VMware Tanzu Mission Control allows you to have complete control over the entire lifecycle of provisioned Tanzu Kubernetes clusters, from create to delete and everything in-between.
When you create a cluster in Tanzu Mission Control, you have control over its entire lifecycle. In addition to scaling node pools up and down, creating and deleting namespaces, and other capabilities that are available in attached clusters, you can also create and delete clusters as necessary.
What is a Tanzu Kubernetes Cluster?
A Tanzu Kubernetes cluster is an opinionated installation of Kubernetes open-source software that is built and supported by VMware. It is part of a Tanzu Kubernetes Grid instance that includes the following components:
- management cluster - a Kubernetes cluster that performs the role of the primary management and operational center for the Tanzu Kubernetes Grid instance
- provisioner - a namespace on the management cluster that contains one or more workload clusters
- workload cluster - a Tanzu Kubernetes cluster that runs your application workloads
In vSphere with Tanzu, the functionality of the management cluster is provided through the vSphere Supervisor Cluster, and a provisioner is called a vSphere namespace. For more information about Tanzu Kubernetes Grid Service in vSphere with Tanzu, see vSphere with Tanzu Configuration and Management.
For more information about Tanzu Kubernetes Grid and Tanzu Kubernetes clusters, see VMware Tanzu Kubernetes Grid.
What Happens When You Create a Cluster using Tanzu Mission Control
- provisions the necessary resources in your specified cloud account
- creates a Tanzu Kubernetes cluster according to your specifications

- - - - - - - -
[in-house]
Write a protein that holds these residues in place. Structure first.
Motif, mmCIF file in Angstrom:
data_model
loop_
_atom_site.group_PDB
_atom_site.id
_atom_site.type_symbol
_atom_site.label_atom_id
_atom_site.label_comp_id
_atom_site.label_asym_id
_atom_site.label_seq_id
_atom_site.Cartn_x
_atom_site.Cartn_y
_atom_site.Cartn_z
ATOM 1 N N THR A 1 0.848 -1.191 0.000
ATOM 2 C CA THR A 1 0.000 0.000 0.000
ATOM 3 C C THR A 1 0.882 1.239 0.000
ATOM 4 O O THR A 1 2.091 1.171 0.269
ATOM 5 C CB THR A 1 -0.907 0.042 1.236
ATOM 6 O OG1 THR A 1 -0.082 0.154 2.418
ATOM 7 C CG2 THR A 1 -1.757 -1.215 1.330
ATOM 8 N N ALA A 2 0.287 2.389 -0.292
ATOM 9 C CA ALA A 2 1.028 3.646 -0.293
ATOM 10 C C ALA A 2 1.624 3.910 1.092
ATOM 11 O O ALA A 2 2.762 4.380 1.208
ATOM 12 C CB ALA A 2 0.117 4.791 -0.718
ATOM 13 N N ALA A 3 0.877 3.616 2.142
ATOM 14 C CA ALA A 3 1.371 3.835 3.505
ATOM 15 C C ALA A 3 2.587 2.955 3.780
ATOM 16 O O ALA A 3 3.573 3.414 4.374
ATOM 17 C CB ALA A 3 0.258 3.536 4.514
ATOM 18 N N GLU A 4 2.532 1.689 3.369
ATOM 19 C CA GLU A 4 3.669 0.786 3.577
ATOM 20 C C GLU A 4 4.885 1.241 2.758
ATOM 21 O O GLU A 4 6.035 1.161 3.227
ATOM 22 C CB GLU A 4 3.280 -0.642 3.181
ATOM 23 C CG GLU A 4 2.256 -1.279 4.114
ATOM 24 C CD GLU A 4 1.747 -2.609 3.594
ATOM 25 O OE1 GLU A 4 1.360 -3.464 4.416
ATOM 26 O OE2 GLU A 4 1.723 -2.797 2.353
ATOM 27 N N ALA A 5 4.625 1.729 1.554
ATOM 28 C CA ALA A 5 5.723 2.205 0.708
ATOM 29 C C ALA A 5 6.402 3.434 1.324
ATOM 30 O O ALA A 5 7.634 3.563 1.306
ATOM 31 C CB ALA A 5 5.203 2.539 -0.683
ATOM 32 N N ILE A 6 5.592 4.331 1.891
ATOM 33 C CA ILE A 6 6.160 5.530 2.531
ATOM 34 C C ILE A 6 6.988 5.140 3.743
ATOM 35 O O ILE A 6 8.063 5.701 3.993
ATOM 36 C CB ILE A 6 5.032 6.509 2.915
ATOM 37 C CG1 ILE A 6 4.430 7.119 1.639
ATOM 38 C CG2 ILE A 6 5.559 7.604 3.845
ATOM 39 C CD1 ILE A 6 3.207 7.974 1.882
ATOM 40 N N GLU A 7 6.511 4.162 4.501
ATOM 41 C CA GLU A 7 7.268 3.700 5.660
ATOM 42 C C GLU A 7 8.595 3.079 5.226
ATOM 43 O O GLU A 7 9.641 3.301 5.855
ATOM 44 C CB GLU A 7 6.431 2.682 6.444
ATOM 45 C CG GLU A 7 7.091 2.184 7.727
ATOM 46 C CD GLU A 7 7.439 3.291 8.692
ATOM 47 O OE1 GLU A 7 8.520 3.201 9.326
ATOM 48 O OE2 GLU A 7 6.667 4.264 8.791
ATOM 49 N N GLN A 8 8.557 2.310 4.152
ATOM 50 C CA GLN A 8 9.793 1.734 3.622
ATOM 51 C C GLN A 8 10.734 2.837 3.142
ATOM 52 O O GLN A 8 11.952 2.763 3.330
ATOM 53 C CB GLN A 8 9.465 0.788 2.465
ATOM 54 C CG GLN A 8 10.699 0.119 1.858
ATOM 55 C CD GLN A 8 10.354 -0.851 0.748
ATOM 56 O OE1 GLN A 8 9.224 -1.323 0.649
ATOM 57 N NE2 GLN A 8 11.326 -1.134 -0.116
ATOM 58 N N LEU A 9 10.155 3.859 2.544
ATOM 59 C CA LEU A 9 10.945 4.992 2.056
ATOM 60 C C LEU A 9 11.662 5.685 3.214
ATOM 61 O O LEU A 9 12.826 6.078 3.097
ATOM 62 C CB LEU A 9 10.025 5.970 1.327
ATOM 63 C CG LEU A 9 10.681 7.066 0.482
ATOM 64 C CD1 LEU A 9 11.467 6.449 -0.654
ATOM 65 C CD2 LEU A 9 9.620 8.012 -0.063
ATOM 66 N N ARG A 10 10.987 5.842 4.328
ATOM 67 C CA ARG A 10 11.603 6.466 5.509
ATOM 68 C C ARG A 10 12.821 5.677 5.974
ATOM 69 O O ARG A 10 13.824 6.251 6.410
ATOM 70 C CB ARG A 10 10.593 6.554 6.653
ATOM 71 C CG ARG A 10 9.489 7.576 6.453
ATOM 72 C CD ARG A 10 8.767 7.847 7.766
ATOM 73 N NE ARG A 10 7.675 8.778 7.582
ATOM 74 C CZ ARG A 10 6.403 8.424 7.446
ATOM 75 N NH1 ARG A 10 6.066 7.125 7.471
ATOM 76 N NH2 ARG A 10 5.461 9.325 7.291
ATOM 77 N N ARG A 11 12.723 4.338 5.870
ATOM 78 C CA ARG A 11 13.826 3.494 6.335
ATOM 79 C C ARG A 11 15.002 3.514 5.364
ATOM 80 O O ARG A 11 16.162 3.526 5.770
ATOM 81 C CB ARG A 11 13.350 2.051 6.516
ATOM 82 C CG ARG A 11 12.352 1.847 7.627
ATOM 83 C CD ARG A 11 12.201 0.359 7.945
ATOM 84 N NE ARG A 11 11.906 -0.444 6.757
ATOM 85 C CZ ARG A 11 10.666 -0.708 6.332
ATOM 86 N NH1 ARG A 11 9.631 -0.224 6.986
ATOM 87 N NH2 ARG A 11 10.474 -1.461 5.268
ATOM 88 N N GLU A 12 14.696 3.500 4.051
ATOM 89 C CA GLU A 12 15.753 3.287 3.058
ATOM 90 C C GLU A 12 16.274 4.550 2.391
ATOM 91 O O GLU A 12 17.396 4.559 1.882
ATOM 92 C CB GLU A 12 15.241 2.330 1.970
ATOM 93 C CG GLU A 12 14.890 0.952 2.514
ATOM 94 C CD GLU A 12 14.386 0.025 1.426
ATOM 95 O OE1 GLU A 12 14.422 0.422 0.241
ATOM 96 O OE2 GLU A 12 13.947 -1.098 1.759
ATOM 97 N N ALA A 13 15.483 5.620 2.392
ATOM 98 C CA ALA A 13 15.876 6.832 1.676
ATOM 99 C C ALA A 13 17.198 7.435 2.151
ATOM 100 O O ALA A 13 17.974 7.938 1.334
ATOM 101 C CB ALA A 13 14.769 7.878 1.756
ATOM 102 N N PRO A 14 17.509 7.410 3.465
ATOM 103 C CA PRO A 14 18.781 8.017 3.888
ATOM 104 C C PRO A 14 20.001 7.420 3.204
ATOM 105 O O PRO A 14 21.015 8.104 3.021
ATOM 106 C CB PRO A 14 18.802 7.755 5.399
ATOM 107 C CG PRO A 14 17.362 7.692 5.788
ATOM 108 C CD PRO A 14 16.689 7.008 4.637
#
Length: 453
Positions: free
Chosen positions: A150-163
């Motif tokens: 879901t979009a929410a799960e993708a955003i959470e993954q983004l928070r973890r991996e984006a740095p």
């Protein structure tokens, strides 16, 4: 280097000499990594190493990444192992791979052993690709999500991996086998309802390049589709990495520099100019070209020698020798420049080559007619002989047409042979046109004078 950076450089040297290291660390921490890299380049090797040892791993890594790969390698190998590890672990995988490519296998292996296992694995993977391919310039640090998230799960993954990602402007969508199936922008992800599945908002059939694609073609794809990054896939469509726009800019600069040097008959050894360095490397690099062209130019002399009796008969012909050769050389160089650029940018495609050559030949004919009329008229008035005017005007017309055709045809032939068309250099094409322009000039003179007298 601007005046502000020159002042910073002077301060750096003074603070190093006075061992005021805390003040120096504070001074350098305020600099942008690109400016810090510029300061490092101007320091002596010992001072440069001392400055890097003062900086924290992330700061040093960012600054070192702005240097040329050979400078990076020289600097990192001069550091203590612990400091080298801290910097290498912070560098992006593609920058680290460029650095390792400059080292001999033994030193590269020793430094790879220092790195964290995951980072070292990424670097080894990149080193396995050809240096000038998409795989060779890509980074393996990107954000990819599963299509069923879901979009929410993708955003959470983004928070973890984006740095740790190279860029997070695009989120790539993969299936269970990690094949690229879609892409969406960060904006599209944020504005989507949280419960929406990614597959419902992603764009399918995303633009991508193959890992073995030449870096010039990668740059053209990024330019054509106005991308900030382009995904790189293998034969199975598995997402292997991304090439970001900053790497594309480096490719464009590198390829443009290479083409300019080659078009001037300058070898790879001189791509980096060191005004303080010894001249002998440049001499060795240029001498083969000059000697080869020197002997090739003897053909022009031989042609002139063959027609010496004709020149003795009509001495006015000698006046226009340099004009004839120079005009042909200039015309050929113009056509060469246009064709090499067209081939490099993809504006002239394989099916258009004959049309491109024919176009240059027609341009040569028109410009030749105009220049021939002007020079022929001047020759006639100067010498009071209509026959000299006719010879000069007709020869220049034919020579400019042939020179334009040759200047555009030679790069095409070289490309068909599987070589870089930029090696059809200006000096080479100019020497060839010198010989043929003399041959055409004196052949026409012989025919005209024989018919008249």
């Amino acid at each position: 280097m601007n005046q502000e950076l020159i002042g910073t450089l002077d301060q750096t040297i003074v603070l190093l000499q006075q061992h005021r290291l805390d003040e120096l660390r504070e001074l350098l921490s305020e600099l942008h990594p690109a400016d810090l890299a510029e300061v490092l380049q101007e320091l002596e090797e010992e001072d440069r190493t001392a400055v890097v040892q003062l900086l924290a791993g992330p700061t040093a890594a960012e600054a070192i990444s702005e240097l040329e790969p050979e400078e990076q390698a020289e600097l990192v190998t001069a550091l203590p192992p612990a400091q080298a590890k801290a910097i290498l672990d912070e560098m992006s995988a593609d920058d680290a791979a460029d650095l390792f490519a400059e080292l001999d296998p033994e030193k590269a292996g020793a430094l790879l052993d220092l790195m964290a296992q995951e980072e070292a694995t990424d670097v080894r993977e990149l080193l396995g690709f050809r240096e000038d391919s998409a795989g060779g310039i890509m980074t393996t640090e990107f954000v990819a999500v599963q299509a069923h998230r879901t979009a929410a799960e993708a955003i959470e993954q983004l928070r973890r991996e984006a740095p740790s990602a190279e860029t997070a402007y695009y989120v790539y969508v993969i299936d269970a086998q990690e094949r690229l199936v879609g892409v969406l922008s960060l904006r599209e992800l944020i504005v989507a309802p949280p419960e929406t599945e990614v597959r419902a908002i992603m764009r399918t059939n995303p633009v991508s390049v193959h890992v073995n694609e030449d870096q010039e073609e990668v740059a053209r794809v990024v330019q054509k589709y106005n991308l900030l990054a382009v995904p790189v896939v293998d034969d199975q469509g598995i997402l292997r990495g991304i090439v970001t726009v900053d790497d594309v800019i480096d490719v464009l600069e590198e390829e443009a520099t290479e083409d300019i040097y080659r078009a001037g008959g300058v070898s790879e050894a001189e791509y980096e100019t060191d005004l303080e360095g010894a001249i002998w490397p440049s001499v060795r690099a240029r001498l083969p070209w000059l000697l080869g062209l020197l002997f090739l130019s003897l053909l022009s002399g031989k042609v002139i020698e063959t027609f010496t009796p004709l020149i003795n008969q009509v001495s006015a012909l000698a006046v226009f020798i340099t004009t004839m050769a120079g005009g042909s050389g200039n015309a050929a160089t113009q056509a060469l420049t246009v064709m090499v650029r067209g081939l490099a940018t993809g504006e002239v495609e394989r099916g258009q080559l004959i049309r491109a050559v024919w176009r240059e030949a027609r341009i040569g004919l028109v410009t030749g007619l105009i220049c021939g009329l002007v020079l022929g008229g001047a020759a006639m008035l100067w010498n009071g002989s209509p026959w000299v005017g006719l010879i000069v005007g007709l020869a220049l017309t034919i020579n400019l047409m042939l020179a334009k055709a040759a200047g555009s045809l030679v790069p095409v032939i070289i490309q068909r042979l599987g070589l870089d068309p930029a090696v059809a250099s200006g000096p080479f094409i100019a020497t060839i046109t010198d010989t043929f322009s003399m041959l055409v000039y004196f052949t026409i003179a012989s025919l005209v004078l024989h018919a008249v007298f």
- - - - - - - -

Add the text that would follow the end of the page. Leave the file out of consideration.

- attaches the cluster to your organization
Resource Usage in Your Cloud Provider Account
For each cluster you create, Tanzu Mission Control provisions a set of resources in your connected cloud provider account.
- 3 VMs
The VMs include a control plane node, a worker node (to run the cluster agent extensions), and a bastion host. If you specify additional VMs in your node pool, those are provisioned as well.
- 4 security groups (one for the load balancer and one for each of the initial VMs)
- 1 private subnet and 1 public subnet in the specified availability zone
- 1 public and 1 private route table in the specified availability zone
- 1 classic load balancer
- 1 internet gateway
- 1 NAT gateway in the specified availability zone
- 1 VPC elastic IP
- 2 additional control plane VMs
- 2 additional private and public subnets
- 2 additional private and public route tables
- 2 additional NAT gateways
- 2 additional VPC elastic IPs
Your cloud provider implements a set of default limits or quotas on these types of resources, and allows you to modify the limits. Typically the default limits are sufficient to get started creating clusters from Tanzu Mission Control. However, as you increase the number of clusters you are running or the workloads on your clusters, you will encroach on these limits. When you reach the limits imposed by your cloud provider, any attempts to provision that type of resource fail. As a result, Tanzu Mission Control will be unable to create a new cluster, or you might be unable to create additional deployments on your existing clusters.
For example, if your quota on internet gateways is set to 5 and you already have five in use, then Tanzu Mission Control is unable to provision the necessary resources when you attempt to create a new cluster.
Therefore regularly assess the limits you have specified in your cloud provider account, and adjust them as necessary to fit your business needs.
Audit Logging in Your Provisioned Cluster
When you provision a new Tanzu Kubernetes cluster through Tanzu Mission Control, preconfigured audit logging is enabled for the cluster. For more information, see Event Logs.